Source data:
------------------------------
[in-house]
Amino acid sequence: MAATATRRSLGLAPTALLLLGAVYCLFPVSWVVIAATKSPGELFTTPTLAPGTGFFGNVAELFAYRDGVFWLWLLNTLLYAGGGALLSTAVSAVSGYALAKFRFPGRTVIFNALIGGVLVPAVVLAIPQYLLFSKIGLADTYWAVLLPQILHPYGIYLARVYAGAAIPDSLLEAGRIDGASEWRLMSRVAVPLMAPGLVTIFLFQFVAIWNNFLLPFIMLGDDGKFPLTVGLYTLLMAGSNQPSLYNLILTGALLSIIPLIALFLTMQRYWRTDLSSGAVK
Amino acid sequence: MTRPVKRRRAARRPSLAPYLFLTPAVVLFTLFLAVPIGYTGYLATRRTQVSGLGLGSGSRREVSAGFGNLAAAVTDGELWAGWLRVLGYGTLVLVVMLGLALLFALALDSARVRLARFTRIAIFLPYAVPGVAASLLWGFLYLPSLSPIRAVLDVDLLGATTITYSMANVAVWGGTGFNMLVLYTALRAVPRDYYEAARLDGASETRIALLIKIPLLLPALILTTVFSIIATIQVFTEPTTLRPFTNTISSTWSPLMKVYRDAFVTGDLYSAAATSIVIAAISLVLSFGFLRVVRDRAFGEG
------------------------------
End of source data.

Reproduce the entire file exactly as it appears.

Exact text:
[in-house]
Amino acid sequence: MAATATRRSLGLAPTALLLLGAVYCLFPVSWVVIAATKSPGELFTTPTLAPGTGFFGNVAELFAYRDGVFWLWLLNTLLYAGGGALLSTAVSAVSGYALAKFRFPGRTVIFNALIGGVLVPAVVLAIPQYLLFSKIGLADTYWAVLLPQILHPYGIYLARVYAGAAIPDSLLEAGRIDGASEWRLMSRVAVPLMAPGLVTIFLFQFVAIWNNFLLPFIMLGDDGKFPLTVGLYTLLMAGSNQPSLYNLILTGALLSIIPLIALFLTMQRYWRTDLSSGAVK
Amino acid sequence: MTRPVKRRRAARRPSLAPYLFLTPAVVLFTLFLAVPIGYTGYLATRRTQVSGLGLGSGSRREVSAGFGNLAAAVTDGELWAGWLRVLGYGTLVLVVMLGLALLFALALDSARVRLARFTRIAIFLPYAVPGVAASLLWGFLYLPSLSPIRAVLDVDLLGATTITYSMANVAVWGGTGFNMLVLYTALRAVPRDYYEAARLDGASETRIALLIKIPLLLPALILTTVFSIIATIQVFTEPTTLRPFTNTISSTWSPLMKVYRDAFVTGDLYSAAATSIVIAAISLVLSFGFLRVVRDRAFGEG